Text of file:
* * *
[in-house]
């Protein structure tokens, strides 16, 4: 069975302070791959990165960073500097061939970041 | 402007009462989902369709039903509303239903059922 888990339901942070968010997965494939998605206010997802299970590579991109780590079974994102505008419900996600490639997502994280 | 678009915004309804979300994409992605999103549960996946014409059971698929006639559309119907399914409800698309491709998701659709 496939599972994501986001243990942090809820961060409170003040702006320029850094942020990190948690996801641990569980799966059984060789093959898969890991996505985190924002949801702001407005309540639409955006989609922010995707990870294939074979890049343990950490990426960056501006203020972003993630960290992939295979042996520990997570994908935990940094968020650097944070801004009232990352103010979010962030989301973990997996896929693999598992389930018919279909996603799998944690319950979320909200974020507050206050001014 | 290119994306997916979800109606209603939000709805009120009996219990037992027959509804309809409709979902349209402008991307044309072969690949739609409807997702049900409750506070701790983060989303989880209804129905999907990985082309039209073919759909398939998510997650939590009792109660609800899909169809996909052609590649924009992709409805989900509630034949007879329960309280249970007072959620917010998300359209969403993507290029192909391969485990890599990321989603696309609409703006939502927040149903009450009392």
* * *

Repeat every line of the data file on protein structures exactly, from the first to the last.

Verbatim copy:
[in-house]
């Protein structure tokens, strides 16, 4: 069975302070791959990165960073500097061939970041 | 402007009462989902369709039903509303239903059922 888990339901942070968010997965494939998605206010997802299970590579991109780590079974994102505008419900996600490639997502994280 | 678009915004309804979300994409992605999103549960996946014409059971698929006639559309119907399914409800698309491709998701659709 496939599972994501986001243990942090809820961060409170003040702006320029850094942020990190948690996801641990569980799966059984060789093959898969890991996505985190924002949801702001407005309540639409955006989609922010995707990870294939074979890049343990950490990426960056501006203020972003993630960290992939295979042996520990997570994908935990940094968020650097944070801004009232990352103010979010962030989301973990997996896929693999598992389930018919279909996603799998944690319950979320909200974020507050206050001014 | 290119994306997916979800109606209603939000709805009120009996219990037992027959509804309809409709979902349209402008991307044309072969690949739609409807997702049900409750506070701790983060989303989880209804129905999907990985082309039209073919759909398939998510997650939590009792109660609800899909169809996909052609590649924009992709409805989900509630034949007879329960309280249970007072959620917010998300359209969403993507290029192909391969485990890599990321989603696309609409703006939502927040149903009450009392």